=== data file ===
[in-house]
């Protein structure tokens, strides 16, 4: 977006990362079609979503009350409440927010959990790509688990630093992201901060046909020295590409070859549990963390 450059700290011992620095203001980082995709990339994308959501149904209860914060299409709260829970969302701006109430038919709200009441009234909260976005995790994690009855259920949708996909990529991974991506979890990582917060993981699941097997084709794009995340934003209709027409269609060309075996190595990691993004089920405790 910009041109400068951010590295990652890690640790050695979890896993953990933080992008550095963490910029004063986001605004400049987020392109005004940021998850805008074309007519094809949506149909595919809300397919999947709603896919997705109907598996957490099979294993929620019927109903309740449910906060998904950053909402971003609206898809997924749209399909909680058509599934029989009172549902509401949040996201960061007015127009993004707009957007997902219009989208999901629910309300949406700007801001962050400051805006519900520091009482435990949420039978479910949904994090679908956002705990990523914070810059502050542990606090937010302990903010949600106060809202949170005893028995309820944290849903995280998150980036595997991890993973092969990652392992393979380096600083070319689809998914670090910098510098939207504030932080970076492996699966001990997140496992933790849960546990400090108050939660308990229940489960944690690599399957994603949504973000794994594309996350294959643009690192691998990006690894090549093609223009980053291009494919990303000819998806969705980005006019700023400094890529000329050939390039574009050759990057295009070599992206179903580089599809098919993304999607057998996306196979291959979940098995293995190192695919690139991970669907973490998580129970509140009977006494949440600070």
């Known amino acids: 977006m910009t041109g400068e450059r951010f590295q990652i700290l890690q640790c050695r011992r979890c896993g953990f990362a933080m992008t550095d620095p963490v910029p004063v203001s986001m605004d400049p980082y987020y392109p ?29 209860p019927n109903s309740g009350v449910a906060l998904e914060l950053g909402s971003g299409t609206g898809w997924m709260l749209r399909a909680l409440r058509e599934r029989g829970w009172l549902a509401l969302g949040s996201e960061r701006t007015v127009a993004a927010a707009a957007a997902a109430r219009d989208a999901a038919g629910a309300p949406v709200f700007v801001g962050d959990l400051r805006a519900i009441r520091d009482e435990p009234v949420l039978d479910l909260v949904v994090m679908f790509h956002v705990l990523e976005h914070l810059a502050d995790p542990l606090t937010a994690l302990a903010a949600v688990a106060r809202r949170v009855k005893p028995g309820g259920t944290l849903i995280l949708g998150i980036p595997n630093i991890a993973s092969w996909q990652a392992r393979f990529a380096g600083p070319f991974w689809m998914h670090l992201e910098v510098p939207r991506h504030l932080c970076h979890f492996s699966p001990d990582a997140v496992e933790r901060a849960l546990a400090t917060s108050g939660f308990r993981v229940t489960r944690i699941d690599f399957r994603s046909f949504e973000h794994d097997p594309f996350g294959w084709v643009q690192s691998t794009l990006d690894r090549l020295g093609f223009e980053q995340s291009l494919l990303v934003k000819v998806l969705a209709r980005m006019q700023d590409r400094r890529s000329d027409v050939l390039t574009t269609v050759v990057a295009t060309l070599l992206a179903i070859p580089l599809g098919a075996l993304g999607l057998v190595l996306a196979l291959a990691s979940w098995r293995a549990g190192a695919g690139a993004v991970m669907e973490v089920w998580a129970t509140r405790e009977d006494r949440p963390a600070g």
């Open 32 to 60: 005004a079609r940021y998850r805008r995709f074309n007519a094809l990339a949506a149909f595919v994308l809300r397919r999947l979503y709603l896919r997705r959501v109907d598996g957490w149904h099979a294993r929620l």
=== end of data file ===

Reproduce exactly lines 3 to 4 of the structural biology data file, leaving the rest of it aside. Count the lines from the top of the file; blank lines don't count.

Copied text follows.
């Known amino acids: 977006m910009t041109g400068e450059r951010f590295q990652i700290l890690q640790c050695r011992r979890c896993g953990f990362a933080m992008t550095d620095p963490v910029p004063v203001s986001m605004d400049p980082y987020y392109p ?29 209860p019927n109903s309740g009350v449910a906060l998904e914060l950053g909402s971003g299409t609206g898809w997924m709260l749209r399909a909680l409440r058509e599934r029989g829970w009172l549902a509401l969302g949040s996201e960061r701006t007015v127009a993004a927010a707009a957007a997902a109430r219009d989208a999901a038919g629910a309300p949406v709200f700007v801001g962050d959990l400051r805006a519900i009441r520091d009482e435990p009234v949420l039978d479910l909260v949904v994090m679908f790509h956002v705990l990523e976005h914070l810059a502050d995790p542990l606090t937010a994690l302990a903010a949600v688990a106060r809202r949170v009855k005893p028995g309820g259920t944290l849903i995280l949708g998150i980036p595997n630093i991890a993973s092969w996909q990652a392992r393979f990529a380096g600083p070319f991974w689809m998914h670090l992201e910098v510098p939207r991506h504030l932080c970076h979890f492996s699966p001990d990582a997140v496992e933790r901060a849960l546990a400090t917060s108050g939660f308990r993981v229940t489960r944690i699941d690599f399957r994603s046909f949504e973000h794994d097997p594309f996350g294959w084709v643009q690192s691998t794009l990006d690894r090549l020295g093609f223009e980053q995340s291009l494919l990303v934003k000819v998806l969705a209709r980005m006019q700023d590409r400094r890529s000329d027409v050939l390039t574009t269609v050759v990057a295009t060309l070599l992206a179903i070859p580089l599809g098919a075996l993304g999607l057998v190595l996306a196979l291959a990691s979940w098995r293995a549990g190192a695919g690139a993004v991970m669907e973490v089920w998580a129970t509140r405790e009977d006494r949440p963390a600070g």
């Open 32 to 60: 005004a079609r940021y998850r805008r995709f074309n007519a094809l990339a949506a149909f595919v994308l809300r397919r999947l979503y709603l896919r997705r959501v109907d598996g957490w149904h099979a294993r929620l």